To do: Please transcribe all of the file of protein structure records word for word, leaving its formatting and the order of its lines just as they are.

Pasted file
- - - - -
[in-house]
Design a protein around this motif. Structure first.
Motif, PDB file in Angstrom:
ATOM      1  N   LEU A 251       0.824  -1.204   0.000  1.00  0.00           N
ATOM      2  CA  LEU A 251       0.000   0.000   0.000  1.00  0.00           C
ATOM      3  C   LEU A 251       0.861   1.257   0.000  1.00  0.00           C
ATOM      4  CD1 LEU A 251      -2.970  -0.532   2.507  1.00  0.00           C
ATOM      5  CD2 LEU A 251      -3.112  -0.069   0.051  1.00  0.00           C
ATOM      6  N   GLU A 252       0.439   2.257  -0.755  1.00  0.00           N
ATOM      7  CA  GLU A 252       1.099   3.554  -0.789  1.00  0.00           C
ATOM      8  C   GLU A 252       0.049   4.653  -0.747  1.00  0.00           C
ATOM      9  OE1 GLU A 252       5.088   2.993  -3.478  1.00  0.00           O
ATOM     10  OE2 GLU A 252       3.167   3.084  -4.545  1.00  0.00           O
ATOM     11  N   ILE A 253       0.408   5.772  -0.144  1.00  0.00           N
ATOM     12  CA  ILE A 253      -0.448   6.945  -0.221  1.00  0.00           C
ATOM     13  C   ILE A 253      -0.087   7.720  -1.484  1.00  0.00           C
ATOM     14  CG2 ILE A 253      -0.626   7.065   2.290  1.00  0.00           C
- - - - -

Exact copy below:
[in-house]
Design a protein around this motif. Structure first.
Motif, PDB file in Angstrom:
ATOM      1  N   LEU A 251       0.824  -1.204   0.000  1.00  0.00           N
ATOM      2  CA  LEU A 251       0.000   0.000   0.000  1.00  0.00           C
ATOM      3  C   LEU A 251       0.861   1.257   0.000  1.00  0.00           C
ATOM      4  CD1 LEU A 251      -2.970  -0.532   2.507  1.00  0.00           C
ATOM      5  CD2 LEU A 251      -3.112  -0.069   0.051  1.00  0.00           C
ATOM      6  N   GLU A 252       0.439   2.257  -0.755  1.00  0.00           N
ATOM      7  CA  GLU A 252       1.099   3.554  -0.789  1.00  0.00           C
ATOM      8  C   GLU A 252       0.049   4.653  -0.747  1.00  0.00           C
ATOM      9  OE1 GLU A 252       5.088   2.993  -3.478  1.00  0.00           O
ATOM     10  OE2 GLU A 252       3.167   3.084  -4.545  1.00  0.00           O
ATOM     11  N   ILE A 253       0.408   5.772  -0.144  1.00  0.00           N
ATOM     12  CA  ILE A 253      -0.448   6.945  -0.221  1.00  0.00           C
ATOM     13  C   ILE A 253      -0.087   7.720  -1.484  1.00  0.00           C
ATOM     14  CG2 ILE A 253      -0.626   7.065   2.290  1.00  0.00           C